Remember, way back in the beginning...the winglets were the first items to be fabricated and stored away. Now, it is time to install the little boogers. First off, the bottom section of the winglet and the outboard tips of the wings are removed according to the airfoil templates. This allows access to the interior and underside of the wing and winglet skins. There will be massive lay-ups in these areas and eventually a cavity for the rudder horn...but I get ahead of myself.
A point of the wing is established called the WPRP (Winglet Position Reference Point). This is the measuring point for the leading and trailing edge of the winglet. The WPRP is reproduced exactly on both wings and cross checked with triangulation references and distance from centerline. Once the proper alignment is marked and re-checked, the winglet is supported with a wooden strut and frozen in place for bonding with a generous helping of Bondo. The bonding process is quite interesting with all the interior skin plys and cross-connected compression plys. These winglets are built up even further from the Long-EZ specs (and those were stress rated at 145MPH lateral 'direct sideways' speed!!)
Once these monsters are stuck in position, it is time to bond them to structurally bond them to the wing. The first of many internal lay-ups is a 10-ply internal section from the underside of the upper wing skin to the inside of the winglet skin. These lay-ups are difficult to align but allow the winglets to be attached with incredible compression strength. Once semi-cured, foam bits are added to fill the gaps for the next 10-ply lay-up covers the interior foam cut outs and attaches to the flox corners and the new internal plys. More foam is then used to form a ramp for the 11 exterior plys to transition from the outside side of the winglet to the underside of the wing skins.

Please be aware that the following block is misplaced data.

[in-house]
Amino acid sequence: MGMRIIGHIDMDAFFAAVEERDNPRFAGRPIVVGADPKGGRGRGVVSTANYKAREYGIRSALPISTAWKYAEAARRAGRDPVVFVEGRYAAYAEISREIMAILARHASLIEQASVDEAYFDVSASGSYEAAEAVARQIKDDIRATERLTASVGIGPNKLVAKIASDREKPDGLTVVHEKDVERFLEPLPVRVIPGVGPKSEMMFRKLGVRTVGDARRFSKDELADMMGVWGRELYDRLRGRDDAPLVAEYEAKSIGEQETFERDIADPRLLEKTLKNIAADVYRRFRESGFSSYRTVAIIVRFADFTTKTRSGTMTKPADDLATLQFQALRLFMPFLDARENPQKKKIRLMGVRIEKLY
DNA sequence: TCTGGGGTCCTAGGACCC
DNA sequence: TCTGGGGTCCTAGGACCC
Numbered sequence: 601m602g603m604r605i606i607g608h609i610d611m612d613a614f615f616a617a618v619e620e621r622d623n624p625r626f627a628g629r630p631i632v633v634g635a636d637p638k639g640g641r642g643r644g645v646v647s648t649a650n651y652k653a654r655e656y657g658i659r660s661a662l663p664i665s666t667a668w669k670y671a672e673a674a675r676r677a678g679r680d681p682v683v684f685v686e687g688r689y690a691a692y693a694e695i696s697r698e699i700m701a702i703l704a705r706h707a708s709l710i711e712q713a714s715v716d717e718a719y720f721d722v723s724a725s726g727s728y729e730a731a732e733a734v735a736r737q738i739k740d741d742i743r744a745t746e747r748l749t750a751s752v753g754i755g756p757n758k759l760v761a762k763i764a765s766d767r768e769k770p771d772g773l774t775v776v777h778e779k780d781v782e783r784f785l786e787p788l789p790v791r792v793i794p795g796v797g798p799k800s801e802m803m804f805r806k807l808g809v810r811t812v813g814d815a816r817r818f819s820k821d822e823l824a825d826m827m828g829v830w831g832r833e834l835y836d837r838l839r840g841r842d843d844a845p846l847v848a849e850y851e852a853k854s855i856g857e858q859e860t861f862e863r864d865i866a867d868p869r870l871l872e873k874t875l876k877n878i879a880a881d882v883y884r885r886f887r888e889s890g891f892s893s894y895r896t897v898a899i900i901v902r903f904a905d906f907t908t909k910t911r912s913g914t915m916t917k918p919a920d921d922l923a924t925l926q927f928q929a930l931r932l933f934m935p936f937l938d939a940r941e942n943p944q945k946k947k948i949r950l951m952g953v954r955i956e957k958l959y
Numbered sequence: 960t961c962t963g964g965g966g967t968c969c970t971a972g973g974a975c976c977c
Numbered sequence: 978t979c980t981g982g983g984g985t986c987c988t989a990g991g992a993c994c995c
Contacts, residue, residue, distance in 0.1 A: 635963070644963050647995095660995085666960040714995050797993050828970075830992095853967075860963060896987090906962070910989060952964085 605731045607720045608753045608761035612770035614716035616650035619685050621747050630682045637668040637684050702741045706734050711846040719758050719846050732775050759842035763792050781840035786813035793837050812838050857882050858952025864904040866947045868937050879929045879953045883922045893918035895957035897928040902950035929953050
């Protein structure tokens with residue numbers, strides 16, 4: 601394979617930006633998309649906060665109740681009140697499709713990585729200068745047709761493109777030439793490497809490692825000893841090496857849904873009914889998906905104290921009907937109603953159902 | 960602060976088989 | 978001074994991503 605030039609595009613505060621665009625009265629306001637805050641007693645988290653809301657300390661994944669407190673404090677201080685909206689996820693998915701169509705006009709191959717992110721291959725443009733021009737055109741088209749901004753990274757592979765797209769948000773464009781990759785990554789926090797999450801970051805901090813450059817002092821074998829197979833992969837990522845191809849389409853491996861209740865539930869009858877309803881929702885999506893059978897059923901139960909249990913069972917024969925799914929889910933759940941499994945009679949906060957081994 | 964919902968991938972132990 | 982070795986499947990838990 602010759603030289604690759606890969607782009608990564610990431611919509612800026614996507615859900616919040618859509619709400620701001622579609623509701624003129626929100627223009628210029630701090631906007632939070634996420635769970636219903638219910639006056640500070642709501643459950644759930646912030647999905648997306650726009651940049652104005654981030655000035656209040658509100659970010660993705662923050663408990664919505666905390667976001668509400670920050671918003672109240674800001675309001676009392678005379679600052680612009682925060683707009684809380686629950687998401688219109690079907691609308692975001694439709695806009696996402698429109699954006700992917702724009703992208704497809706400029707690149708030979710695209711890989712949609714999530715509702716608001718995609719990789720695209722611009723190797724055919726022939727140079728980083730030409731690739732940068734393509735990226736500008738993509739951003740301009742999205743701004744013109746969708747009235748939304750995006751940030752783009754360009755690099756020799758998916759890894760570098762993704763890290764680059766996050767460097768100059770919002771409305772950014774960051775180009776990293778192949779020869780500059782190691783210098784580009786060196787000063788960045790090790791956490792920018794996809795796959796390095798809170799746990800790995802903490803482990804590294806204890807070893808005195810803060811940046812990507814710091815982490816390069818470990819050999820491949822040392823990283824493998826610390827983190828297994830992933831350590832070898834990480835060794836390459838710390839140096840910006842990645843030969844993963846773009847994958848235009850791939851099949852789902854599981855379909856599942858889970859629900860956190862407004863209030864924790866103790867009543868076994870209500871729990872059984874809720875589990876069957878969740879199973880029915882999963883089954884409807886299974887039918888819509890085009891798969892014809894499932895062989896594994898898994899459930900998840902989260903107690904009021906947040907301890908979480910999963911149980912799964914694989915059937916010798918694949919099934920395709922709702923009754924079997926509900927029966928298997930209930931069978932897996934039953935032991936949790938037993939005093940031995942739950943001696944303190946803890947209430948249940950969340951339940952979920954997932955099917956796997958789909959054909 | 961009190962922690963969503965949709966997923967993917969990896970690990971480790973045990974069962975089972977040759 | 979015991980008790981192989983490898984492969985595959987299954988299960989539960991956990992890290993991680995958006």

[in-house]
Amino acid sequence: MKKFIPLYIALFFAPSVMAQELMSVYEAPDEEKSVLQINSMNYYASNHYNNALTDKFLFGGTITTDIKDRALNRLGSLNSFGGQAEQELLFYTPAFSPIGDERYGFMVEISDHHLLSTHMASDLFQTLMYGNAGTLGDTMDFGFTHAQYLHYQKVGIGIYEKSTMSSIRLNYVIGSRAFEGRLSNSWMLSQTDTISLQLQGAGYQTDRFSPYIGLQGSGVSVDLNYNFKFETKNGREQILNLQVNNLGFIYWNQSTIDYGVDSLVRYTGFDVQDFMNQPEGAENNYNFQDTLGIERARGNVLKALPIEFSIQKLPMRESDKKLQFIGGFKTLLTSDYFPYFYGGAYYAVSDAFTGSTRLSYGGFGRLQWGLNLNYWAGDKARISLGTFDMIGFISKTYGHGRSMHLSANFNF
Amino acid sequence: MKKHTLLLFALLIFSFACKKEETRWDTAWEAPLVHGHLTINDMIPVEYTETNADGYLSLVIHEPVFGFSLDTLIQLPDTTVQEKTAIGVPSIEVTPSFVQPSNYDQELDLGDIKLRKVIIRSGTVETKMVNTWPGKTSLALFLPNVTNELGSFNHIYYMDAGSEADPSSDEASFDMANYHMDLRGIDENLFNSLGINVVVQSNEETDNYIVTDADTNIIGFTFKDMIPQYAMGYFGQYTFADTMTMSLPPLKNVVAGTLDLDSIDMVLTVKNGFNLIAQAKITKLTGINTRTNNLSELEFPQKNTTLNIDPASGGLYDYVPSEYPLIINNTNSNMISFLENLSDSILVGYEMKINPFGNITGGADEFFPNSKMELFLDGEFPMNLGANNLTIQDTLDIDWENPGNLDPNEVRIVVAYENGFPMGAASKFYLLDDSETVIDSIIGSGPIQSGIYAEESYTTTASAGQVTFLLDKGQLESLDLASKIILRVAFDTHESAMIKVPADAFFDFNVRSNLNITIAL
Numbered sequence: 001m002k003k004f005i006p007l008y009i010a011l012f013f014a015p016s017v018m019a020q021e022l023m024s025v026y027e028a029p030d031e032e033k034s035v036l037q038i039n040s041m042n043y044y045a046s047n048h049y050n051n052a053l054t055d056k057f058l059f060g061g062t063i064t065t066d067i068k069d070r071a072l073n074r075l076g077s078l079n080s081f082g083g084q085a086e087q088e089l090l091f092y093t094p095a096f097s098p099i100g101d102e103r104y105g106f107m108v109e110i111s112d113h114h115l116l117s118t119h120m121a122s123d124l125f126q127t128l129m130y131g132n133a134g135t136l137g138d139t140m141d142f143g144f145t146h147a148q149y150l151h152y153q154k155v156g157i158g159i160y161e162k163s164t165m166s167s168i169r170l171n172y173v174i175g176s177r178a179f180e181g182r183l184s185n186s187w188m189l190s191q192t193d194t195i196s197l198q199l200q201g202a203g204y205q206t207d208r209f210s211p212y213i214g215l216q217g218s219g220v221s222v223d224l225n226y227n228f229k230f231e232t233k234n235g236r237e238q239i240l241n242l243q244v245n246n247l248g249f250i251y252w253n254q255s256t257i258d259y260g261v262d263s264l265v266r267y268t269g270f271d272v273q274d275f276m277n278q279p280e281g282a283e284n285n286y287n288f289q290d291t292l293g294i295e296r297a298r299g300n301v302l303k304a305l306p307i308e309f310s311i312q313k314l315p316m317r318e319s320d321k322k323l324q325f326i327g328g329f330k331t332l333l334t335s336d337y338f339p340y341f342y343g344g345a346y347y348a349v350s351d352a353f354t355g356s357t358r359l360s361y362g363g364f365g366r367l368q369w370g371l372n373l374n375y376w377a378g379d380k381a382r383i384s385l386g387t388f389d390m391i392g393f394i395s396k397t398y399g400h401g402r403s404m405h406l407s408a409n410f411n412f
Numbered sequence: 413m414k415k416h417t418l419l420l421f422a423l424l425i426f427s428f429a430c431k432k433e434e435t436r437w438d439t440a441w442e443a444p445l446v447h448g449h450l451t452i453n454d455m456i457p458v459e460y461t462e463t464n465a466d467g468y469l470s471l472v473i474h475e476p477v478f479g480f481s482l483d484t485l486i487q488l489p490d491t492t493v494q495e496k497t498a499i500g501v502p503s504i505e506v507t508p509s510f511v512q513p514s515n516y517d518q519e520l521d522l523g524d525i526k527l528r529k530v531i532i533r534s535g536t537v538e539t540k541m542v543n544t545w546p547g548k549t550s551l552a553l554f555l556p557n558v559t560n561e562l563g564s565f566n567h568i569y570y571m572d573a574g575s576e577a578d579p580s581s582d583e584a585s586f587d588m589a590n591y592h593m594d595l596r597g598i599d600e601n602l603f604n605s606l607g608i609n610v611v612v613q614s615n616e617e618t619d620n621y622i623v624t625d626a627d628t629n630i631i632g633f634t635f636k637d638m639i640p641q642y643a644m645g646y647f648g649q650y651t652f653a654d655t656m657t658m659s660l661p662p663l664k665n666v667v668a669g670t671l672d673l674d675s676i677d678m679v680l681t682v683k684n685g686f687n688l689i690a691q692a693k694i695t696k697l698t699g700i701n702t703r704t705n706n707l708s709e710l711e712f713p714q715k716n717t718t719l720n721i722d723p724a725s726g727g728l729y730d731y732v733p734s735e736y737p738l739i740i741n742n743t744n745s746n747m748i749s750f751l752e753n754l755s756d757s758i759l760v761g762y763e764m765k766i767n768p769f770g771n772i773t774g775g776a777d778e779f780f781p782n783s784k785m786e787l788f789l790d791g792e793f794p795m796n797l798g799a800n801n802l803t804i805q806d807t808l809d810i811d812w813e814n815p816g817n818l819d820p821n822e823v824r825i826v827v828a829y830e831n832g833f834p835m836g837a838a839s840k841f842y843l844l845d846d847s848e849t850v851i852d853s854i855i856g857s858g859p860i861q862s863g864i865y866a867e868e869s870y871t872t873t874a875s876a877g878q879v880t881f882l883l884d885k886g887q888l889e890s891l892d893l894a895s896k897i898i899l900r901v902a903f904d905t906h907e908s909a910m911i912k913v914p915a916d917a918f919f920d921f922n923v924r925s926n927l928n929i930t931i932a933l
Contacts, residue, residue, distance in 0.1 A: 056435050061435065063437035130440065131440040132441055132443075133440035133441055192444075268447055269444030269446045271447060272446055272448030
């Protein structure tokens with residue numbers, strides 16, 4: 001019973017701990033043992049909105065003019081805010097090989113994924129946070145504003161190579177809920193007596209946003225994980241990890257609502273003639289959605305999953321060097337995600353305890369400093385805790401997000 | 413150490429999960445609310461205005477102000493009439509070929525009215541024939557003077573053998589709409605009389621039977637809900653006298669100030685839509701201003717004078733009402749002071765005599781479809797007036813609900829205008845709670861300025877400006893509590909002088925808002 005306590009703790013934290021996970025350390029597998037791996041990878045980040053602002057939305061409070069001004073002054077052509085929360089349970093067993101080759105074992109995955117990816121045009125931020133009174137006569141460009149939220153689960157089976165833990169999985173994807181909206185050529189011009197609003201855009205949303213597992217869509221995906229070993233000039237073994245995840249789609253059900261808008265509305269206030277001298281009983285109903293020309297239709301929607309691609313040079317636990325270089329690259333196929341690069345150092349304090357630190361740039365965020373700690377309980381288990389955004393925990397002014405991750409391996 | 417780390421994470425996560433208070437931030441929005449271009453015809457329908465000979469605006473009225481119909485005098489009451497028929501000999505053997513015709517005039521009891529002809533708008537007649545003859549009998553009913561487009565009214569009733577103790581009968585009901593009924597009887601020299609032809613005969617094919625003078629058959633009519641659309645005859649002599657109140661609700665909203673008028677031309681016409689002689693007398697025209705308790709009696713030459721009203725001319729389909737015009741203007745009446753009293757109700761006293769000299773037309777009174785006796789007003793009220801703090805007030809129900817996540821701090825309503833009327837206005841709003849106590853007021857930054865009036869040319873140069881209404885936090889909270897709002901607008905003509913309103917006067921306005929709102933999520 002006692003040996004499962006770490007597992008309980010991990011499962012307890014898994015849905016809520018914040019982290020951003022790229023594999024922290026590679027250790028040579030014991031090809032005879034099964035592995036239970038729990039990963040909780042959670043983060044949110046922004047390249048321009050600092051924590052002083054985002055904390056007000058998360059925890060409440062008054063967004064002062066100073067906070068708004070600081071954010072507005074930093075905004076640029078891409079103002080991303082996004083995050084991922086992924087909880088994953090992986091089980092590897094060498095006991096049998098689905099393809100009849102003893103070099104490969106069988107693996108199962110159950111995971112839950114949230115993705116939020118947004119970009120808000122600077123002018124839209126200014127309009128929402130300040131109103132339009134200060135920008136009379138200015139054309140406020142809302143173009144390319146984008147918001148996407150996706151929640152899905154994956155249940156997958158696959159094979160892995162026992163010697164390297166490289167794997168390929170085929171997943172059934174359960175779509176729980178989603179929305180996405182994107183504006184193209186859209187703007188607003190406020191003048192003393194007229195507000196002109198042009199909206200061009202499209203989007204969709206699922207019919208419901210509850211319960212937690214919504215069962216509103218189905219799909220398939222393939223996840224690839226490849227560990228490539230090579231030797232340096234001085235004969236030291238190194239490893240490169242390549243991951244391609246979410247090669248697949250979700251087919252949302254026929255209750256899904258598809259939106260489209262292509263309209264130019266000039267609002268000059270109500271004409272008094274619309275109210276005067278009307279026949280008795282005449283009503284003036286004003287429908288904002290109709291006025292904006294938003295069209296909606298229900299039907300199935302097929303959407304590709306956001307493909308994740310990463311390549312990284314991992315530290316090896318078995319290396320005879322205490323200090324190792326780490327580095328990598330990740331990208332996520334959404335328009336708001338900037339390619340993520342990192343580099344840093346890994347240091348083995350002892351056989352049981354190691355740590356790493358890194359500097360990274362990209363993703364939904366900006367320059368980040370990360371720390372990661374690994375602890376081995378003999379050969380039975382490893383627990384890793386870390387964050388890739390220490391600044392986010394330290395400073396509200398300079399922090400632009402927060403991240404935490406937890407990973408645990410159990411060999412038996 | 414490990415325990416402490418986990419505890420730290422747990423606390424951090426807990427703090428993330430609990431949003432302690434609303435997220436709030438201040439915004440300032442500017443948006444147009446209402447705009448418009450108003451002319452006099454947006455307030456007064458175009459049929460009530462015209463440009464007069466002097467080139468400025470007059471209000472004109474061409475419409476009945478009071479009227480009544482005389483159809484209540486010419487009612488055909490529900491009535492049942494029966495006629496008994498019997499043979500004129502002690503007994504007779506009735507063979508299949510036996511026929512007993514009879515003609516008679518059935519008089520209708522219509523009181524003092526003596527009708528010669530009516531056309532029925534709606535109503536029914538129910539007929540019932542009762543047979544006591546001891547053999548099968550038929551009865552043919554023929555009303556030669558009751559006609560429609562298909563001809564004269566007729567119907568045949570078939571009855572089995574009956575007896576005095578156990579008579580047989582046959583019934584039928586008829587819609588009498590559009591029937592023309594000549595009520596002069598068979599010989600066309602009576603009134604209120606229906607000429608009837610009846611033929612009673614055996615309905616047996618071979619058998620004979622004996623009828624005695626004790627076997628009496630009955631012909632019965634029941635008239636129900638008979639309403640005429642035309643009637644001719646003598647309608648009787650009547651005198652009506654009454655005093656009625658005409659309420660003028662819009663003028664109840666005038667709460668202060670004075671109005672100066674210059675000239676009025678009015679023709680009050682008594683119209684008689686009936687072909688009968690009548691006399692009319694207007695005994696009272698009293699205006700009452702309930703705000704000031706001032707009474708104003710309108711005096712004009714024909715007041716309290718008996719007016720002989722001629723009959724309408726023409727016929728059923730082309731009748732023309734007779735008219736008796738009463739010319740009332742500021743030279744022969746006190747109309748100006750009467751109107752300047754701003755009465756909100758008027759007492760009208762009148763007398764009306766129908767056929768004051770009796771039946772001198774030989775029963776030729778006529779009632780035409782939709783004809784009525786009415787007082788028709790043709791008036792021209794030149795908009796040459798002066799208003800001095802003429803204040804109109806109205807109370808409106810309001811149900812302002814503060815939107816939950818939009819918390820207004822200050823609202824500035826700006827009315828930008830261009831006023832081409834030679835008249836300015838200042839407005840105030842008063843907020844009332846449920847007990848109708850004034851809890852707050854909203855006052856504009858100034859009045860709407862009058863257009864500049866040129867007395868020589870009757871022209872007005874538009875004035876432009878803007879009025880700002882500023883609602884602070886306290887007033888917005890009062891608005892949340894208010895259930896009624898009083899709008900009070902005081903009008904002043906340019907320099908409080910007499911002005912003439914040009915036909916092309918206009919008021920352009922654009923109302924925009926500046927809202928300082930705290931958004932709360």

There is a similar 11 ply UNI lay-up on the inner side of the winglet to the upper wing skin. Clean it up, let it cure and get ready for the rudders.
Note: Be sure to catch-up by reading the section on the rudder installation as this update takes place after the rudders have been cut out and hinges and lever have been installed.
Some 7-years after originally installing the winglets, I am FINALLY completing the installation - the wing tips and lights. As you will see in this section, this was an exercise in 'sculpting' and was a challenge for me to complete....I'm no sculptor.
First, I installed the rudder cable into the existing Nylaflow tube in the wing and attached it to the rudder bell horn. A small piece of foam was also installed on top of the bell horn in the rudder cavity to make the surface level. I then pulled out a long forgotten (and dust covered) lower winglet template and cut out a foam block that becomes the wingtip core. The bottom of the block was slowly trimmed away so it would fit snuggly against the inner winglet structural plys and high density PVC foam was attached to the leading edge - together they will form the bottom of the tip. Smaller blocks of foam are contoured and installed with micro in the remaining gap between the winglet and the foam template. Once cured, the tip foam is cut down and sculpted to final shape. Dealing with all the multiple compounding angles was difficult for me to master, but all turned out very well. Sandy lent a watchful eye - looking for dips or wiggles in my sculpting.
The lights were the easiest to install, in my opinion. As you can see in the picture above, I'm using the Whelen combo light (Nav/Strobe/Position) units. I started the installation by manufacturing and installing an aluminum mounting plate. The plate is mounted with Bondo and the light unit is attached for a trial fit and to check alignment with the waterline.
The actual wingtip structure is no more than 2-ply of BID and structural epoxy covering the whole assembly and lapping 1-inch onto the wing, winglet and rudder. A small section of the rudder's trailing edge is left un-glassed. After initial cure, the foam will be removed, replaced with a little flox and a 2-ply BID cover. This will make the lower rudder tip (a high-bump factor position) almost bulletproof.